Ryan Keliher of Charlottetown isn’t ready to take his socially active T-shirt clothing company idea to the real Dragon’s Den just yet but that doesn’t mean investors aren’t taking notice.
The Charlottetown Rural High School teacher and master of business student at UPEI took part in Pitch 101 recently at UPEI and hit the proverbial business idea home run.
The event brought together investors and representatives from venture capital funds, as well as entrepreneurs and students, to experience and learn from the pitching process when seeking investment.
Keliher made his pitch to a judging panel of investment dragons, including Patrick Keefe, manager, Regional Venture Capital Fund; Brian Lowe, co-founder/director, First Angel Network; and Robert Bechard, consultant with LifeSciences (formerly Biotech Venture Capitalist).
Keliher’s pitch involved an e-commerce retail clothing company with a cause. His group’s company, World United CHANGEwear, would sell products strong in quality, fashion-sense and meaning, uniting people interested in affecting positive social change.
Each month the company would raise awareness for a different social issue and donate a quarter of its profits to charities whose focus aligns with each month’s chosen issue.
“I think there’s an opportunity there,’’ Keliher said in an interview Friday.
“There is a rise in social entrepreneurship and there are companies out there doing something similar. There is a trend of people who want to show that they care and they do it through the clothes that they’re wearing.’’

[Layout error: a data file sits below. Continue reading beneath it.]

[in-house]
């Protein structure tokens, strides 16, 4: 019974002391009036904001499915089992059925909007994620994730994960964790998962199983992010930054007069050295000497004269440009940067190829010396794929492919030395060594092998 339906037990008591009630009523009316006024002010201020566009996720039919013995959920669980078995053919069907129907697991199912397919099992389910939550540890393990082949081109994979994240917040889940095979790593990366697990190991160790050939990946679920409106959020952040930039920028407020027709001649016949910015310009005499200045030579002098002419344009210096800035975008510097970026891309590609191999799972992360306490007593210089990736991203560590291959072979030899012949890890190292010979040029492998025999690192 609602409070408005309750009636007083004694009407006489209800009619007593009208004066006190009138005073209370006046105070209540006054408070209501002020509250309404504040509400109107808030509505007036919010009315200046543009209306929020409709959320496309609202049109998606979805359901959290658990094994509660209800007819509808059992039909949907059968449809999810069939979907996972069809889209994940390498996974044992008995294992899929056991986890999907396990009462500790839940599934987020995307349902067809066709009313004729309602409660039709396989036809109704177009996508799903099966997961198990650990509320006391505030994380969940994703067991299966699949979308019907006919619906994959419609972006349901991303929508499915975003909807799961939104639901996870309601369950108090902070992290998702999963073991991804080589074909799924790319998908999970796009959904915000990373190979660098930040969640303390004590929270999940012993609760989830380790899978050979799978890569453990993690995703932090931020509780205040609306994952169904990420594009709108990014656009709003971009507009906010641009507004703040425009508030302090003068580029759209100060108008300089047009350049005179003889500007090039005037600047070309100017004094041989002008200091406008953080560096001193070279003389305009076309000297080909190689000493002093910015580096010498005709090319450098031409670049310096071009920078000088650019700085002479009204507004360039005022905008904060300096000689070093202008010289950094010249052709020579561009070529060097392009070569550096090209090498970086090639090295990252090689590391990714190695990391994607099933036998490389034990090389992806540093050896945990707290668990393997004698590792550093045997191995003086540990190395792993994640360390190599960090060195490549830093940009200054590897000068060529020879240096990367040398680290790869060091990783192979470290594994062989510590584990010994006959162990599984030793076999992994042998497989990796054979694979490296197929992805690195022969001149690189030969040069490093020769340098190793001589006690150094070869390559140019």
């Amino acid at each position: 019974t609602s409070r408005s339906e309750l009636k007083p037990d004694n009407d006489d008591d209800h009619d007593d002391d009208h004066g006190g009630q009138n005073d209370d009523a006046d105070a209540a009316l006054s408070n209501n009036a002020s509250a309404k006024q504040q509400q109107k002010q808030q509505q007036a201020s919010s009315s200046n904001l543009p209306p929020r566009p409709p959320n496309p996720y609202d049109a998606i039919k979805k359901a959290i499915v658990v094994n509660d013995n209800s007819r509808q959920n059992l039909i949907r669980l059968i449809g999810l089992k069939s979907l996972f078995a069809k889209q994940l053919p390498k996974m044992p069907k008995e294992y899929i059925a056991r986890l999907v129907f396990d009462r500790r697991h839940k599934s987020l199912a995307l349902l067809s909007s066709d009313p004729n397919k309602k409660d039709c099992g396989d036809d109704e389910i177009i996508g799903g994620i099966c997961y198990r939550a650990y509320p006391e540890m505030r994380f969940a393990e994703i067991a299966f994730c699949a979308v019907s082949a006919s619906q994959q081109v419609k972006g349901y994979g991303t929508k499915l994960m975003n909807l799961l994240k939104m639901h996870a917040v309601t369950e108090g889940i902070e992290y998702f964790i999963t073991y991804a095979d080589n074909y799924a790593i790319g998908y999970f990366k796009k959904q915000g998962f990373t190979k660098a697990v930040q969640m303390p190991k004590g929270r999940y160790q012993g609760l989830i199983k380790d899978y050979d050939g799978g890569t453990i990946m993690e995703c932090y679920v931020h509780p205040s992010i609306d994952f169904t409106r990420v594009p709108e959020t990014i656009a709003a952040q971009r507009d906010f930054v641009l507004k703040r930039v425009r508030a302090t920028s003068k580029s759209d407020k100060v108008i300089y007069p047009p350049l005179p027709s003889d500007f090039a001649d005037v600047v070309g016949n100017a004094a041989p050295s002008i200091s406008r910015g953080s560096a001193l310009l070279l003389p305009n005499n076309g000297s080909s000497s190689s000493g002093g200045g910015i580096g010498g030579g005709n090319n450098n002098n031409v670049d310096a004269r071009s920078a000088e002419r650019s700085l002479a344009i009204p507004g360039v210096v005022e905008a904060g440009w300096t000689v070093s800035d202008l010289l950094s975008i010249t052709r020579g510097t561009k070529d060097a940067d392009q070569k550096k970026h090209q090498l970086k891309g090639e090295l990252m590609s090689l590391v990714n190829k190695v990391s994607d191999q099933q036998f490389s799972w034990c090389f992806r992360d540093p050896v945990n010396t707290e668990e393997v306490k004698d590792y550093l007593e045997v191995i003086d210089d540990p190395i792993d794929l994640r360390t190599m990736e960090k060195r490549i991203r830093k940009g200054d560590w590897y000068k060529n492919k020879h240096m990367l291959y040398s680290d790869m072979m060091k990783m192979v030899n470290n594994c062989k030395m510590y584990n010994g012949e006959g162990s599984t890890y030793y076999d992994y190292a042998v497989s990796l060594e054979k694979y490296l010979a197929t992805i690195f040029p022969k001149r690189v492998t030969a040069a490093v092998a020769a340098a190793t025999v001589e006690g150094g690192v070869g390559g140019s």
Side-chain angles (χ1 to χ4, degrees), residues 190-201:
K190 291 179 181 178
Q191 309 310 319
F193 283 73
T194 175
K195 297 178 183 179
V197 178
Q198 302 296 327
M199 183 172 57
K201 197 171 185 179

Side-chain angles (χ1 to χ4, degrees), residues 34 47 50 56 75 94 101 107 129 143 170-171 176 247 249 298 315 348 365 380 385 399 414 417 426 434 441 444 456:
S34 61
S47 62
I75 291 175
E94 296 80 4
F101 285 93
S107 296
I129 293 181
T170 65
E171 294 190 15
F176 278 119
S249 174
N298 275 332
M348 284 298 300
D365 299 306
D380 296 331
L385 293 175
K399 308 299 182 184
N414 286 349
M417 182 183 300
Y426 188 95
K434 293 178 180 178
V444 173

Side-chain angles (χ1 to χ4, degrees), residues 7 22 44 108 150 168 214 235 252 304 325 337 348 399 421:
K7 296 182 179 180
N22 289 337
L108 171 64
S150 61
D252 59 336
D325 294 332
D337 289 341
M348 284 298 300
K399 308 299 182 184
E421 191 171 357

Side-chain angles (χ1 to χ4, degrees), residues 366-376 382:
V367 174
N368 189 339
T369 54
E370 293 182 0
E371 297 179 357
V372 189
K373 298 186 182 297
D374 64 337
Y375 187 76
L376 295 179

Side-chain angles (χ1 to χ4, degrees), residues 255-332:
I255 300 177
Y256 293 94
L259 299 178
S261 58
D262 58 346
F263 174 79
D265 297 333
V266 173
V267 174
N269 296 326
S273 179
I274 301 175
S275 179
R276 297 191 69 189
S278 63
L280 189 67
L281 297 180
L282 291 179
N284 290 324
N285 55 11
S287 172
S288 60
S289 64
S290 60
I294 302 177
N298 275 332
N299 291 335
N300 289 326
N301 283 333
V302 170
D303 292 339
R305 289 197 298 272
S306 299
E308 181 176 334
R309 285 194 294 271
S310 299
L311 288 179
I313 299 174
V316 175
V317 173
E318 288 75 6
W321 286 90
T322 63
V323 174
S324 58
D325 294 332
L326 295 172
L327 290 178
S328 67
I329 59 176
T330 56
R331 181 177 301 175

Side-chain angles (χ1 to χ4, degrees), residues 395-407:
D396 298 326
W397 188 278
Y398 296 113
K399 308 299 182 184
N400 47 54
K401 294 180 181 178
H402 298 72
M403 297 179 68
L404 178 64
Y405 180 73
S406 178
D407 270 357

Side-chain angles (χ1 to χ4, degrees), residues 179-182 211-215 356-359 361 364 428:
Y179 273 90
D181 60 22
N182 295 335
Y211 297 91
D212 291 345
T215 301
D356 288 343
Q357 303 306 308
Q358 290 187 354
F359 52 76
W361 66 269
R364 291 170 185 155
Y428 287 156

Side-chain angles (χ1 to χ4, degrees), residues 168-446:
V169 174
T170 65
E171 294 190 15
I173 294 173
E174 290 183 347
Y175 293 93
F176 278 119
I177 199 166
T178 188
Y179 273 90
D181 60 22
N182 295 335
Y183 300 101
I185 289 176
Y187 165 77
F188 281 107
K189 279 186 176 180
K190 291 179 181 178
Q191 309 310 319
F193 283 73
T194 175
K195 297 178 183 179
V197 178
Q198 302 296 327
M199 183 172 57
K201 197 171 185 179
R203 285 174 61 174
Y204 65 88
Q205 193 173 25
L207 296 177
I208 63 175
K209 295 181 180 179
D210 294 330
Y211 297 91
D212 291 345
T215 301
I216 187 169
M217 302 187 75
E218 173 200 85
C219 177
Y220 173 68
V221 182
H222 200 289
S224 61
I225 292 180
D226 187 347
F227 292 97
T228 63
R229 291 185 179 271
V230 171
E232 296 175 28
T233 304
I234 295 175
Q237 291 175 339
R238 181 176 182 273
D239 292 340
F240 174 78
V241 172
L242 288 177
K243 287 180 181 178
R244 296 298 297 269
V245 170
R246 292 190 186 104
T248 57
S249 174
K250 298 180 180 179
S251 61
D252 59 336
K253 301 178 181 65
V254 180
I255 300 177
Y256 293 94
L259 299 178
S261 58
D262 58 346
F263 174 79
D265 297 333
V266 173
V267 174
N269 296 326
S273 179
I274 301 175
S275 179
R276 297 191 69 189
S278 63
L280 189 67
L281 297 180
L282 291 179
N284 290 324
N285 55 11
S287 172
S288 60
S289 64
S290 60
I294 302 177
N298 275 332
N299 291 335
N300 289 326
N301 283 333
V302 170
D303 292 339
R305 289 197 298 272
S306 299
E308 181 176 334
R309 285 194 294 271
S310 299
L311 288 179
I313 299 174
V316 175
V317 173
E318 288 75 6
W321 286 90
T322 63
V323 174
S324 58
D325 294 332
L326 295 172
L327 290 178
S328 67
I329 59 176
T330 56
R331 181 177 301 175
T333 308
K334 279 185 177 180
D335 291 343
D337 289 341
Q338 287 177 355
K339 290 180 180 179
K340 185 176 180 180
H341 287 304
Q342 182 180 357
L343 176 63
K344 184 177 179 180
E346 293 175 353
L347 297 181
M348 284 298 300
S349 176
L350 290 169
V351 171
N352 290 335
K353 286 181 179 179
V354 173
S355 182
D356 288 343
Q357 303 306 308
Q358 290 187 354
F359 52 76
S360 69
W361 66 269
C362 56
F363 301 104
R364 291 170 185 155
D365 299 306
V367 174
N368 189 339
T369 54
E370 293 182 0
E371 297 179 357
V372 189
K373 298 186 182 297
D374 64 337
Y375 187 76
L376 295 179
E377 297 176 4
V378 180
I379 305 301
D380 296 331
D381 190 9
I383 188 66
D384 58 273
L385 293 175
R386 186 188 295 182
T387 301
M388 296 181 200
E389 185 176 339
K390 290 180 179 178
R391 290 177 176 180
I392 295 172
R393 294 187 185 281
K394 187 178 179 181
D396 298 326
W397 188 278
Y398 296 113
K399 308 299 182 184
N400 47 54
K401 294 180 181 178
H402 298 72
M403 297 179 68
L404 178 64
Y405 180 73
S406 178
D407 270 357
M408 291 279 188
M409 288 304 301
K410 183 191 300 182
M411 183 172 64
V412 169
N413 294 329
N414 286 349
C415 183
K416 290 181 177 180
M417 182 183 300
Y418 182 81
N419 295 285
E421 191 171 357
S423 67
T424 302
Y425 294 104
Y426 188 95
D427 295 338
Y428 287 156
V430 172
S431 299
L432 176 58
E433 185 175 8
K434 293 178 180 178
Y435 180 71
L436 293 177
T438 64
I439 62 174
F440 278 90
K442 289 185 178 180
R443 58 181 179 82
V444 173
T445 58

The judges gave Keliher’s group three green cards, which meant they liked the idea.
The inaugural event was organized by UPEI and the Greater Charlottetown Area Chamber of Commerce.
Alan Duncan, dean of business at UPEI, said it was meant as an exercise in how people in business seek capital, when the right time is to sell, what needs to be considered and who are the right business partners to move forward with.
“There were some interesting discussions and debates that took place through that exercise,’’ Duncan said.
“There were all talking about their business experiences (and) how they got their ideas. Basically, they need people to tell them when they’re being stupid.’’
There were 16 pitches at the event and each presenter had a grand total of 60 seconds to pitch their idea.
There were some odd ideas. One woman pitched bunion boots, a shoe that is “designed to accommodate your bunions when you get them. The male judges seemed to be of the impression that women will put up with pain to look good.’’
Duncan said one other person wanted to create a business which dealt with the embarrassment of buying sex toys. The retail and online shop would use workshops and seminars to focus on developing intimacy, comfort and knowledge surrounding personal sexuality and individual preferences.
“That caused the judges to be a little speechless. They didn’t quite know how to question them on that one. She had them a little red-faced, I think.’’
Keliher said Pitch 101 was a tremendous experience.
“I had never done anything like that before. Getting up in front of 200 people who are interested in business and ideas and having investors there was a great learning experience. It was an opportunity for growth for me. Kind of (forced me) to step out of my comfort zone when presenting to the judges.’’
Tanya O’Brien, a member of the board of directors for the chamber, said events like Pitch 101 show the growth of entrepreneurship in the community.
“I think putting on an event like this allows people to see that entrepreneurship is alive and well on Prince Edward Island,’’ said O’Brien. “It gave you an idea of what’s going on out there in the world.’’
Keliher noted that CBC is holding auditions for Dragons Den in Charlottetown in two weeks but isn’t quite ready yet to pitch his idea.
“If I were to go on the Dragons Den I would actually want to have the company up and running and have some sales that I could show to the Dragons before they would even consider in investing in something like this,’’ Keliher said.
Perhaps he might do just that down the road. His MBA group has spent the past six weeks writing a business plan for their idea.
“It could come to life at some point.’’